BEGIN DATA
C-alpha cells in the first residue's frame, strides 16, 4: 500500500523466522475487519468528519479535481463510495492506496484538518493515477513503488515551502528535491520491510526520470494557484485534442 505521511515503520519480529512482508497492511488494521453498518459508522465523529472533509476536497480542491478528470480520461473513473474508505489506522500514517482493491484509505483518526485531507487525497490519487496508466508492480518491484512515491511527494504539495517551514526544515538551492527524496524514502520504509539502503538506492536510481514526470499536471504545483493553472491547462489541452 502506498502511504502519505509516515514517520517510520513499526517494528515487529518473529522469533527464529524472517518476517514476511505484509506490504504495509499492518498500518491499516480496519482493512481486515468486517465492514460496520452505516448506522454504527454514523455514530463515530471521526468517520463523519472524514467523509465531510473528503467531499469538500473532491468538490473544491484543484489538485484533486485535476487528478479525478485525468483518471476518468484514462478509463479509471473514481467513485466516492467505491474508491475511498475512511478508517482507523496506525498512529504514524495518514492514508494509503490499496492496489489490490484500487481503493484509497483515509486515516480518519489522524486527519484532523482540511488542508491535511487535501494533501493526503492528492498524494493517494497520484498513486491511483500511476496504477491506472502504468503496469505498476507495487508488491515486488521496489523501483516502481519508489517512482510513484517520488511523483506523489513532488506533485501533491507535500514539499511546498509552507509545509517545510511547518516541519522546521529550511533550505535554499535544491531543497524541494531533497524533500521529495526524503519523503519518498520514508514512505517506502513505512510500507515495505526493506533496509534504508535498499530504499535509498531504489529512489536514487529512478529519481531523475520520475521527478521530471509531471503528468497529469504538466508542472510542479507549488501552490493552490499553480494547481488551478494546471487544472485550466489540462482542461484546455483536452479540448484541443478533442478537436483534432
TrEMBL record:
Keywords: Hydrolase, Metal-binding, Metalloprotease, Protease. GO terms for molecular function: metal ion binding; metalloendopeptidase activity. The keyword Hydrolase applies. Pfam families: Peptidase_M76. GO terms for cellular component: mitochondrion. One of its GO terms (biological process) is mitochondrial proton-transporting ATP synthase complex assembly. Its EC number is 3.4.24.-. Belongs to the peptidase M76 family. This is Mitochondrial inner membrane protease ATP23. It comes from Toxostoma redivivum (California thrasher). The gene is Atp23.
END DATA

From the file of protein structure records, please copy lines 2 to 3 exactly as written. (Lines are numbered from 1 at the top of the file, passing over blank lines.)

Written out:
TrEMBL record:
Keywords: Hydrolase, Metal-binding, Metalloprotease, Protease. GO terms for molecular function: metal ion binding; metalloendopeptidase activity. The keyword Hydrolase applies. Pfam families: Peptidase_M76. GO terms for cellular component: mitochondrion. One of its GO terms (biological process) is mitochondrial proton-transporting ATP synthase complex assembly. Its EC number is 3.4.24.-. Belongs to the peptidase M76 family. This is Mitochondrial inner membrane protease ATP23. It comes from Toxostoma redivivum (California thrasher). The gene is Atp23.